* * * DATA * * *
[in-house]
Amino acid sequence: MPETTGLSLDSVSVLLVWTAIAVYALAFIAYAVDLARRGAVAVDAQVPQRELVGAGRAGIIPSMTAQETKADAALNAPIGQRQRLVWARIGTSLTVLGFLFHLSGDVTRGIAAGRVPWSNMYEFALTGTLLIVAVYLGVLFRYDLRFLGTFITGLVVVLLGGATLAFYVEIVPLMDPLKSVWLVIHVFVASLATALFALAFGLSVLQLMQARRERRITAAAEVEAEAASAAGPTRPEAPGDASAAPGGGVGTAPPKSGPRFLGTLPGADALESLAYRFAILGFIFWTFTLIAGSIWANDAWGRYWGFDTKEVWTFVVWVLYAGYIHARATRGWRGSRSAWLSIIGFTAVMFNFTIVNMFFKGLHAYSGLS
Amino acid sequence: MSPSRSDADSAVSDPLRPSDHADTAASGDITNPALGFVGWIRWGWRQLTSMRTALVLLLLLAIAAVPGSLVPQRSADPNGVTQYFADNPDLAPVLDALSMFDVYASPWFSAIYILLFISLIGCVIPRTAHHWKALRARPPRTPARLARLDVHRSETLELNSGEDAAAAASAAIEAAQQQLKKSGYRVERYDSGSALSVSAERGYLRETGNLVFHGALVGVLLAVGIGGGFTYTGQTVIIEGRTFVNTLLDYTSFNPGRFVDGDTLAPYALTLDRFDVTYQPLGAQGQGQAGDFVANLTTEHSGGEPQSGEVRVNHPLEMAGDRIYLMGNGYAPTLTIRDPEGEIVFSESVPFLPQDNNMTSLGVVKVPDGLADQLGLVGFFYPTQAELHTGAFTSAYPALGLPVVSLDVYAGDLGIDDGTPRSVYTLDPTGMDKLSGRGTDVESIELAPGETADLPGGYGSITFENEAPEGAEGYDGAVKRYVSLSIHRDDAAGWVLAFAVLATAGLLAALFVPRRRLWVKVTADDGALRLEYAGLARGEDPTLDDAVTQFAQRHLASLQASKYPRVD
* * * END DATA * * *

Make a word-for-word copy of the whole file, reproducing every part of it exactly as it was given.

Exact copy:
[in-house]
Amino acid sequence: MPETTGLSLDSVSVLLVWTAIAVYALAFIAYAVDLARRGAVAVDAQVPQRELVGAGRAGIIPSMTAQETKADAALNAPIGQRQRLVWARIGTSLTVLGFLFHLSGDVTRGIAAGRVPWSNMYEFALTGTLLIVAVYLGVLFRYDLRFLGTFITGLVVVLLGGATLAFYVEIVPLMDPLKSVWLVIHVFVASLATALFALAFGLSVLQLMQARRERRITAAAEVEAEAASAAGPTRPEAPGDASAAPGGGVGTAPPKSGPRFLGTLPGADALESLAYRFAILGFIFWTFTLIAGSIWANDAWGRYWGFDTKEVWTFVVWVLYAGYIHARATRGWRGSRSAWLSIIGFTAVMFNFTIVNMFFKGLHAYSGLS
Amino acid sequence: MSPSRSDADSAVSDPLRPSDHADTAASGDITNPALGFVGWIRWGWRQLTSMRTALVLLLLLAIAAVPGSLVPQRSADPNGVTQYFADNPDLAPVLDALSMFDVYASPWFSAIYILLFISLIGCVIPRTAHHWKALRARPPRTPARLARLDVHRSETLELNSGEDAAAAASAAIEAAQQQLKKSGYRVERYDSGSALSVSAERGYLRETGNLVFHGALVGVLLAVGIGGGFTYTGQTVIIEGRTFVNTLLDYTSFNPGRFVDGDTLAPYALTLDRFDVTYQPLGAQGQGQAGDFVANLTTEHSGGEPQSGEVRVNHPLEMAGDRIYLMGNGYAPTLTIRDPEGEIVFSESVPFLPQDNNMTSLGVVKVPDGLADQLGLVGFFYPTQAELHTGAFTSAYPALGLPVVSLDVYAGDLGIDDGTPRSVYTLDPTGMDKLSGRGTDVESIELAPGETADLPGGYGSITFENEAPEGAEGYDGAVKRYVSLSIHRDDAAGWVLAFAVLATAGLLAALFVPRRRLWVKVTADDGALRLEYAGLARGEDPTLDDAVTQFAQRHLASLQASKYPRVD